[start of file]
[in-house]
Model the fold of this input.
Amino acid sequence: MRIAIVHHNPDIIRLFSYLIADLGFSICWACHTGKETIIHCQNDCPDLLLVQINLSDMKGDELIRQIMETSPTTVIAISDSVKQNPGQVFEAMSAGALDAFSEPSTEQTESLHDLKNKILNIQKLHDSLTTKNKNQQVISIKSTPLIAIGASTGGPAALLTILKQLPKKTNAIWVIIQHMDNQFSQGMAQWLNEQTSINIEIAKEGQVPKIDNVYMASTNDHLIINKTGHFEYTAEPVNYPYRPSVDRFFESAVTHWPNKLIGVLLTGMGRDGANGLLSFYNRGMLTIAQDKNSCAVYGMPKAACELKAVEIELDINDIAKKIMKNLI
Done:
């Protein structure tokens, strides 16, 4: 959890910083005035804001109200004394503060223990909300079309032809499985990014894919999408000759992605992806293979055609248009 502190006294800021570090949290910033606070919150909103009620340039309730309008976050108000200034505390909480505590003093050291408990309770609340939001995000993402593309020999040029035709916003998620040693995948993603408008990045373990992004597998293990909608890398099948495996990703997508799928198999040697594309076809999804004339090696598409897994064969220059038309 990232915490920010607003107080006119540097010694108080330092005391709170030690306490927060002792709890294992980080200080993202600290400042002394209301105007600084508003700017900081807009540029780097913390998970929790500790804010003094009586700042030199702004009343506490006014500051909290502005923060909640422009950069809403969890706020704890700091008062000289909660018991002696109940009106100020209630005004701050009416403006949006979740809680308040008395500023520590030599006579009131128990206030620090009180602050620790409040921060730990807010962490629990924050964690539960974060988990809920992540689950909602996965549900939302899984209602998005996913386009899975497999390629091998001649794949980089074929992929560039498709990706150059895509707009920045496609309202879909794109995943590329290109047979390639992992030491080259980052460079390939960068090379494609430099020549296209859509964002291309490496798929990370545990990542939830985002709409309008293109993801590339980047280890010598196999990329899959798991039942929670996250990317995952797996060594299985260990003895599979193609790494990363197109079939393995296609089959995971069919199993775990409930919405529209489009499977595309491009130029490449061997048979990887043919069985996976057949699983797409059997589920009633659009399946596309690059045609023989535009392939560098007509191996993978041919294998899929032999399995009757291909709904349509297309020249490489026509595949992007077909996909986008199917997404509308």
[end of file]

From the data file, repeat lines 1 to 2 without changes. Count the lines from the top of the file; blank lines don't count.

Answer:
[in-house]
Model the fold of this input.